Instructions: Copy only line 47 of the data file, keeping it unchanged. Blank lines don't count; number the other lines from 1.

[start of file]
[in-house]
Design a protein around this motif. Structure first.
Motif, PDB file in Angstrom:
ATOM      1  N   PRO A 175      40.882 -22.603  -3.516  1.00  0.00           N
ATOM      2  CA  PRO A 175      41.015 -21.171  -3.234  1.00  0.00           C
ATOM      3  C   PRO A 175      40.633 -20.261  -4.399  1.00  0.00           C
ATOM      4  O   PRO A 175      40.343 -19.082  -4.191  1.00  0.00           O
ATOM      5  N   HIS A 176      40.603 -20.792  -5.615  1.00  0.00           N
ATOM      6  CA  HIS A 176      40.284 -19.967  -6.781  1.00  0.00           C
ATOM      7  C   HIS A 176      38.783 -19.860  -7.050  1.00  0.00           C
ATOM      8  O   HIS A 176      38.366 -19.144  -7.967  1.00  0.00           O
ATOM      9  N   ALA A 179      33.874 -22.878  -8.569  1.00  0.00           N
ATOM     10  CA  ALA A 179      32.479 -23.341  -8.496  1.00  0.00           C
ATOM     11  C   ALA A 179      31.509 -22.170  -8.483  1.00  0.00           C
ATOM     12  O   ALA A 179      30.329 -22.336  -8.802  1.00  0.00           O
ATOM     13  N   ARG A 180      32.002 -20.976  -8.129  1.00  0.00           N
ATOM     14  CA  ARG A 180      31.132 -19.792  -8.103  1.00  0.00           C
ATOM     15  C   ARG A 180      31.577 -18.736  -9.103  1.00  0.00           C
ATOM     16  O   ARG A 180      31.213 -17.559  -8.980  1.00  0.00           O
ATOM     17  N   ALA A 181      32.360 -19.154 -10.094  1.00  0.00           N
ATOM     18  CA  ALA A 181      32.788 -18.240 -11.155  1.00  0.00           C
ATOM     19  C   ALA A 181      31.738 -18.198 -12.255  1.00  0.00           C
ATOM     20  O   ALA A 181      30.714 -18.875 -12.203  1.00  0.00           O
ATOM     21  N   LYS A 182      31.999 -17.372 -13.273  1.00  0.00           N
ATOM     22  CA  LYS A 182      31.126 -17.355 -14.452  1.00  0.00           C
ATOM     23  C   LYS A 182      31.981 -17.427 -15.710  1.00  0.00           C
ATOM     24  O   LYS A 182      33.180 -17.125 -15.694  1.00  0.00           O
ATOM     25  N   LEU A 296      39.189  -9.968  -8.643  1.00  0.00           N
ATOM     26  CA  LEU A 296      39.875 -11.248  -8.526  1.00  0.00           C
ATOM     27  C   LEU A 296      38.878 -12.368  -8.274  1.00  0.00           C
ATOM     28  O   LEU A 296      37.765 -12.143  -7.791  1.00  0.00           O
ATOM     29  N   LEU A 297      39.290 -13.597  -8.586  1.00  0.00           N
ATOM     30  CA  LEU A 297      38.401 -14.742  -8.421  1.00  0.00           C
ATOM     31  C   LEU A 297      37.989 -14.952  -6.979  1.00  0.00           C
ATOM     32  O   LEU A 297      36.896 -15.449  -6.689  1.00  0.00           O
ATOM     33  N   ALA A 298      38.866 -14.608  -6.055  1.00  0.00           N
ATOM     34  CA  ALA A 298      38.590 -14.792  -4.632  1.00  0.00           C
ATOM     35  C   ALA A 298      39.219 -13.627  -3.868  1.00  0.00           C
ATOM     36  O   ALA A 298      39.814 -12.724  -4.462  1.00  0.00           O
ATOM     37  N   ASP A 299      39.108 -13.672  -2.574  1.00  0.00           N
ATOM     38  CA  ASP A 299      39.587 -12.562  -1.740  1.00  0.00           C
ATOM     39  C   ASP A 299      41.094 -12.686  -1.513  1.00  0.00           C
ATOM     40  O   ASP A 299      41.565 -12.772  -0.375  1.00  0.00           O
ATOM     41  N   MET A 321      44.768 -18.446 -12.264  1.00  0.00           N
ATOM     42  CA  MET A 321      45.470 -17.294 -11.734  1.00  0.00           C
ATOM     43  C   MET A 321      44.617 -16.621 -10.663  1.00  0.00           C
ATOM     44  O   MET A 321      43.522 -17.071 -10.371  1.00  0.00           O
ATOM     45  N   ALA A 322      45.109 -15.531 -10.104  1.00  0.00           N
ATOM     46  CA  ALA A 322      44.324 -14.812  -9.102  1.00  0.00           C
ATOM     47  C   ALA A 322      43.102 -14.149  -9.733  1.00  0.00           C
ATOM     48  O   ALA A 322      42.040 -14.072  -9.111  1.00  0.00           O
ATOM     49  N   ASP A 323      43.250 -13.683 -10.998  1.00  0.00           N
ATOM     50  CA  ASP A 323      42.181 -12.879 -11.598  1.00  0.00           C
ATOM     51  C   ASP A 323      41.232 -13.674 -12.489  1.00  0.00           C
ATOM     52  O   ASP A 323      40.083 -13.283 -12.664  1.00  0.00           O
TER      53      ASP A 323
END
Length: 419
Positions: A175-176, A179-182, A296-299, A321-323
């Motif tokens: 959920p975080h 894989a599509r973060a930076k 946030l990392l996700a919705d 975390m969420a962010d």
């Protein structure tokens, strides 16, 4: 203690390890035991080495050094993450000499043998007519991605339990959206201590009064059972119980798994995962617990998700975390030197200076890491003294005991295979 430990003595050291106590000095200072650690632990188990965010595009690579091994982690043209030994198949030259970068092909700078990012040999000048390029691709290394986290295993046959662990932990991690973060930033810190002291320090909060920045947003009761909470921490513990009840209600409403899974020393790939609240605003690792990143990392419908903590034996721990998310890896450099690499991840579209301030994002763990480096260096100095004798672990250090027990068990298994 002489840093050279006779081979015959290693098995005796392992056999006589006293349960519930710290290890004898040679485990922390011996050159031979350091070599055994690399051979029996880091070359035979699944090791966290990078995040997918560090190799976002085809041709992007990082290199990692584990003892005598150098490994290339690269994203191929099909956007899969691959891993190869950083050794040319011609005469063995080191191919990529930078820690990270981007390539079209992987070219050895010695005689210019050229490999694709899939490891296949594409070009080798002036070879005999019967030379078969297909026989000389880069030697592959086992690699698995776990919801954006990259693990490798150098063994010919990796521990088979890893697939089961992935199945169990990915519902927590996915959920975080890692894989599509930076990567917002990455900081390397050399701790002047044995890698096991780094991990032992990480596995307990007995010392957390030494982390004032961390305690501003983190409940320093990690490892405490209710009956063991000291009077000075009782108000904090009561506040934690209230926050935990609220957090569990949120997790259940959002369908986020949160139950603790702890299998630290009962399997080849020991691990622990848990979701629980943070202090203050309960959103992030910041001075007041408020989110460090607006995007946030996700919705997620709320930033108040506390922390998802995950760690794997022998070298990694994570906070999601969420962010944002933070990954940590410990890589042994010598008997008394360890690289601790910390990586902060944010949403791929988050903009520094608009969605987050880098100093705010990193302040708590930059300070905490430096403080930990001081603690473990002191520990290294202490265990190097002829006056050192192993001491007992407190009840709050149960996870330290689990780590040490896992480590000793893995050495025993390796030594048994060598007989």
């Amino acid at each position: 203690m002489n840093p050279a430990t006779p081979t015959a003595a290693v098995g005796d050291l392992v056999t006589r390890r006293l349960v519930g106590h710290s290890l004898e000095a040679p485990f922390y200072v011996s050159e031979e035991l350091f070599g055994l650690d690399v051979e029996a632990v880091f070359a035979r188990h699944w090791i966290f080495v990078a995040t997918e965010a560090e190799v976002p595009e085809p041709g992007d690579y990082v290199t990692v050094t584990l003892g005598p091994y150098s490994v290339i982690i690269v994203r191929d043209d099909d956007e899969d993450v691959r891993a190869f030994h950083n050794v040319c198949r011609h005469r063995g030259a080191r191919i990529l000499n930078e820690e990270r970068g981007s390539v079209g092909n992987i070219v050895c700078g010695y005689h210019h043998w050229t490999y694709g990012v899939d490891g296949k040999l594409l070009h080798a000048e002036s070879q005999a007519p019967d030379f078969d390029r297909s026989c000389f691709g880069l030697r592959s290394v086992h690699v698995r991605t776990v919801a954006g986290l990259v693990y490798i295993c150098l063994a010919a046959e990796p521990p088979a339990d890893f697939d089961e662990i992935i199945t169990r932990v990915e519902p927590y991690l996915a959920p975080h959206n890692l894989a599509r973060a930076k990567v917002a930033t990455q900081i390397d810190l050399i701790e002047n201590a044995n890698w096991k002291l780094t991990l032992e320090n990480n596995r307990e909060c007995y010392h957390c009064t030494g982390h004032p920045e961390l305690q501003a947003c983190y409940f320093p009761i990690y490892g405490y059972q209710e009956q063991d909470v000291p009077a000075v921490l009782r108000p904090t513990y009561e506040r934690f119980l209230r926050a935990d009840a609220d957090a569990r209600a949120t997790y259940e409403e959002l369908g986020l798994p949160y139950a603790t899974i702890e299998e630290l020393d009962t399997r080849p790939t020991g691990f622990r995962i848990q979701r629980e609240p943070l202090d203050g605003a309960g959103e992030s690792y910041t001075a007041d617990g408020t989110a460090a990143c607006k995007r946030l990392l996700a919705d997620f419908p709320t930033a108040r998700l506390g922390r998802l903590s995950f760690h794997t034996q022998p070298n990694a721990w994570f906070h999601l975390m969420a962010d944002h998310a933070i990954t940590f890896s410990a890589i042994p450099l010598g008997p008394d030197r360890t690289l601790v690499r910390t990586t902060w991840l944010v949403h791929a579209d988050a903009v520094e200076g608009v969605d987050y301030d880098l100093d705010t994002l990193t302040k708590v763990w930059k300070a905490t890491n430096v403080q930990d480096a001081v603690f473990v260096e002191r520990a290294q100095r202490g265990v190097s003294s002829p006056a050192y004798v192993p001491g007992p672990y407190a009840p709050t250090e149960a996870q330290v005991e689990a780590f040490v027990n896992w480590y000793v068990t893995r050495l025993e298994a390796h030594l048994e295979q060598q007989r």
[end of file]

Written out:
ATOM     44  O   MET A 321      43.522 -17.071 -10.371  1.00  0.00           O